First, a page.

New Orleans is a hot seething magical land of fried chicken, beignets (puff pastry and sugar) and Oyster Happy Hour. Last year we took our show, Songs for the Fallen, to the New York Music Theatre Festival, where we won Best Musical and Best Actress. It was such a hard slog to get there, I treated myself to a week in New Orleans after. Mind = blown. There's no place like it in the world. French, Spanish, Creole, African, American. The architecture is as heart stopping as the music. The key lime pie; the famous Carousel Bar that turns and turns while you drink a French 71 cocktail of champagne, gin and lemon; the very practical Nola Go Cup — order a drink any where, any time, and walk it into any other bar, store, library, or as I did — hold my Bloody Mary between two fingers while navigating my bicycle over the perils of Nola's post-Katrina shattered roads. The Pharmacy Museum was the highlight, a fascinating history talk of amputations, voodoo medicine and gold-coated mercury pills.
My boyfriend and I were staying with a pal in Manhattan. We came home late one night after a show, and our key would not open the door. We double checked the apartment number, tried the other floors — still, no dice. We called my friend — phone off. Eventually we guessed that out of habit, our host had pushed in the deadlock on the inside. It was 3am, I had taken my shoes off and was smacking at the door to wake someone up. We were delirious. We googled hotels. No late check-ins to be found. We returned to the apartment, curled up on the tiles in front of the door for some miserable, terrified sleep, until a neighbour saw two sad bodies on the ground and squealed. Defeated, we meandered to a nearby park, and lay holding each other on a bench, among the squirrels and various other apartment-less types using the park as a toilet/inn.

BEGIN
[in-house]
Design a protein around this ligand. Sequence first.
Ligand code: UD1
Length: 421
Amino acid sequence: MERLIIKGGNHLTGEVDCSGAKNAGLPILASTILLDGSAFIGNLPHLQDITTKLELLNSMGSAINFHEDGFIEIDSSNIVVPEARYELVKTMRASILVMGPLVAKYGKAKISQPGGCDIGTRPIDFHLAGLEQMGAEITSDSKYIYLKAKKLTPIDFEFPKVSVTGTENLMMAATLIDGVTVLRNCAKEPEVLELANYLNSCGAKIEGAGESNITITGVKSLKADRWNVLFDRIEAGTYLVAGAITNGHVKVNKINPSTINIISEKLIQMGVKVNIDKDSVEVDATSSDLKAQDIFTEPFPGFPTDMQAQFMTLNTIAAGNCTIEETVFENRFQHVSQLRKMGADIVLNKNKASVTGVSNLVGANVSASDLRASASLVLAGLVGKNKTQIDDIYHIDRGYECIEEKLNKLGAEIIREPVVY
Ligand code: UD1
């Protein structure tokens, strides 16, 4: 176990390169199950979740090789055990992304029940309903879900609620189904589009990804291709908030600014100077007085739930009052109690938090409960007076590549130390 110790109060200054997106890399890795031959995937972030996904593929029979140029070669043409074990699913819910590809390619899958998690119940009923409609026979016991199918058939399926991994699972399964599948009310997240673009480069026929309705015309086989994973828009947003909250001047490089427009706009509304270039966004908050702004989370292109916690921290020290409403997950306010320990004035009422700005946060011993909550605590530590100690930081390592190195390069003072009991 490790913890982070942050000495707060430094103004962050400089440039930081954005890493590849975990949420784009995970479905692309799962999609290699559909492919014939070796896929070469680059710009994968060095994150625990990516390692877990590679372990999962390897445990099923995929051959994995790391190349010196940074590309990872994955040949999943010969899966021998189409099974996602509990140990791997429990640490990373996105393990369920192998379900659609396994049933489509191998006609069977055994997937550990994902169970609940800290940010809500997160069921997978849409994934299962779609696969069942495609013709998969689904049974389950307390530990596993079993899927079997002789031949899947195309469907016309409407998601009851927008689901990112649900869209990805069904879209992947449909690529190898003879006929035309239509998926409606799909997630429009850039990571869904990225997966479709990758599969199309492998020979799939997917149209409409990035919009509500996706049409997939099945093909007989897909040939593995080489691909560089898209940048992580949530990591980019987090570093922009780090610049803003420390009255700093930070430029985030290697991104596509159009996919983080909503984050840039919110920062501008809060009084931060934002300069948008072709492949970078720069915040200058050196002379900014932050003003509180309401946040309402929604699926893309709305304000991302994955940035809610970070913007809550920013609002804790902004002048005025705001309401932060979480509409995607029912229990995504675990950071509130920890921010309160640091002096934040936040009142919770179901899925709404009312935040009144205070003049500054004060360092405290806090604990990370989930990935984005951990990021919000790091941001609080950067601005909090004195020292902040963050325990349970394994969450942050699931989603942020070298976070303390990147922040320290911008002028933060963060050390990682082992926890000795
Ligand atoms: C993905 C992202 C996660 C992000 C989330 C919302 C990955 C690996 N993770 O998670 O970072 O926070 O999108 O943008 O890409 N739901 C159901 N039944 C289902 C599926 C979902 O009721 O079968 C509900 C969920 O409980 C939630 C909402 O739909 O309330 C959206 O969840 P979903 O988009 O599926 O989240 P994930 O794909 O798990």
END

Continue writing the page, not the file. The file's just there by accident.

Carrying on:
Sheridan Harbridge performs in Songs for the Fallen as part of the Auckland Live International Cabaret Season from September 28-October 2. Tickets from Aucklandlive.co.nz